They had to go back! They just had to! They would drop the survivors at the port and they’d turn around again. He felt the familiar nervous energy trickle into his veins. Of course Gabriele would agree. And he could always count on Francesco and Matteo. They’d go back.
The Optician was shocked by the numbers of police and officials in uniform at the port. They swarmed all over the quayside, radioing, pacing up and down and crowding out curious bystanders. As they docked, some of the migrants cowered at the sight of their guns and truncheons and pulled away from the harsh sound of the sirens of the police vans. He became angry again, wanting to warn the police to back o and he saw similar feelings in his friends’ faces. For God’s sake, stop treating them like criminals! You have no damn idea what these people have just been through! Teresa pushed forward to Galata’s bow, protecting her charges with her own body like an animal might do.75s bow, protecting her charges with her own body like an animal might do.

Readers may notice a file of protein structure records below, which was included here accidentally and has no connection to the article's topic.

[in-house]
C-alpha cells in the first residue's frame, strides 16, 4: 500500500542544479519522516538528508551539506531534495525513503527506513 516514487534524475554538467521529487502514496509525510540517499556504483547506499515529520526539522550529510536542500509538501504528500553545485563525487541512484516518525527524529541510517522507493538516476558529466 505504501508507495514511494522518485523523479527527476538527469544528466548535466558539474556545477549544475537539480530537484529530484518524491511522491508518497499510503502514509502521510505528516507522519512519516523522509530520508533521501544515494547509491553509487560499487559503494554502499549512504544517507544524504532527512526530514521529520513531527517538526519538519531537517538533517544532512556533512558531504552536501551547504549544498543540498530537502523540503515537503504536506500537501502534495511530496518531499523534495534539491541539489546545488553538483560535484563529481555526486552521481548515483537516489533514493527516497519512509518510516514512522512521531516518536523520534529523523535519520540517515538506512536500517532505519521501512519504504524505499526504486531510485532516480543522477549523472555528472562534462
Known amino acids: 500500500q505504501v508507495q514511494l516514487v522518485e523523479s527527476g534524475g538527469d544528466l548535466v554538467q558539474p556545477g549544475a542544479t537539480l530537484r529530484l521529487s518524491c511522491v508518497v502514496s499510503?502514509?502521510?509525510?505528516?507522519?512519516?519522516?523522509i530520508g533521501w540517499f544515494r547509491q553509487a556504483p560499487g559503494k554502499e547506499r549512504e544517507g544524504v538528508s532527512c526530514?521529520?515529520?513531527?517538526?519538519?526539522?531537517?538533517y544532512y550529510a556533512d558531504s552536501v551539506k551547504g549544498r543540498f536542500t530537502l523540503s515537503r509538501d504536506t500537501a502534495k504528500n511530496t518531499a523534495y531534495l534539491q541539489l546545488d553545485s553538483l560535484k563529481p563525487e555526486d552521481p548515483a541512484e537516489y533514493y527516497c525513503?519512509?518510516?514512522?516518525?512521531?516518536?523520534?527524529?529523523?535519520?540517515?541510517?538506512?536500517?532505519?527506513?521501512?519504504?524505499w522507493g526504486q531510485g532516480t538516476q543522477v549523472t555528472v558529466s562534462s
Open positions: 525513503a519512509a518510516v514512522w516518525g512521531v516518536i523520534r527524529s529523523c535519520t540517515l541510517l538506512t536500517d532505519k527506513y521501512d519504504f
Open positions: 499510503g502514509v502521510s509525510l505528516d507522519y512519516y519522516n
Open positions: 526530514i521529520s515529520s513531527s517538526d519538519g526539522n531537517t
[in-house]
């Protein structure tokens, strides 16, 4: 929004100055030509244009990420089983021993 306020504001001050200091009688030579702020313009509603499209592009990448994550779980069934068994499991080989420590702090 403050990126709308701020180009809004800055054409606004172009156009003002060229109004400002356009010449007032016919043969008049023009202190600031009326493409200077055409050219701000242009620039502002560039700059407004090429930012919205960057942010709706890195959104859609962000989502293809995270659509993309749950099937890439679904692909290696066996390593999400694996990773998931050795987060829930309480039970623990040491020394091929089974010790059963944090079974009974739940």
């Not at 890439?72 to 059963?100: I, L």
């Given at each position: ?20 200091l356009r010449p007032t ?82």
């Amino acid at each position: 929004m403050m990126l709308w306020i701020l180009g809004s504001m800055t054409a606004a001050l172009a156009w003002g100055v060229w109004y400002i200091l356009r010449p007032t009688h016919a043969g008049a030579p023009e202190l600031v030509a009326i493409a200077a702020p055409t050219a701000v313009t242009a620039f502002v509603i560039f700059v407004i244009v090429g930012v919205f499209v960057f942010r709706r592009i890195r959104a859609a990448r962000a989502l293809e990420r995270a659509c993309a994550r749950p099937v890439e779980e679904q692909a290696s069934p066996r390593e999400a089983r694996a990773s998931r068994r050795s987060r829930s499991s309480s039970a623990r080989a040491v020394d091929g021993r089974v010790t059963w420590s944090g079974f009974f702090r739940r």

She went to pieces when the men were helped off the boat and put into the police vans. She crumpled onto her knees on the quayside and howled like a mother separated from her children. They had to pry her away from the first man they’d rescued, the teenager to whom she had given her vermillion T-shirt. She clung to his hand with both of hers and when the police officer separated them, she had become hysterical with grief. Maria was the same—Francesco sat down on the pavement with her until she stopped shaking. Elena and Giulia sobbed uncontrollably in each other’s arms. They didn’t even look up when the police vans started their engines. The Optician wished he hadn’t either. He saw the frightened faces stare back at him through the windows, fingers pressed on the glass expectantly and he was overwhelmed with a sense of guilt that he hadn’t saved more of them.
He felt helpless. He had no common language with which he could reassure these desperate people and even if he did, he thought bitterly, what could he tell them? That it would be OK and that they would all live happily ever after? He had no idea what the procedure was; he had no clue what was about to happen to them now.
“Some of them are very ill!” he shouted through the open window of the police van. “They need medical help! Please—they’ve been in the water for hours.”
The officer gave him the thumbs-up sign and his electric window slid silently shut. The van pulled off.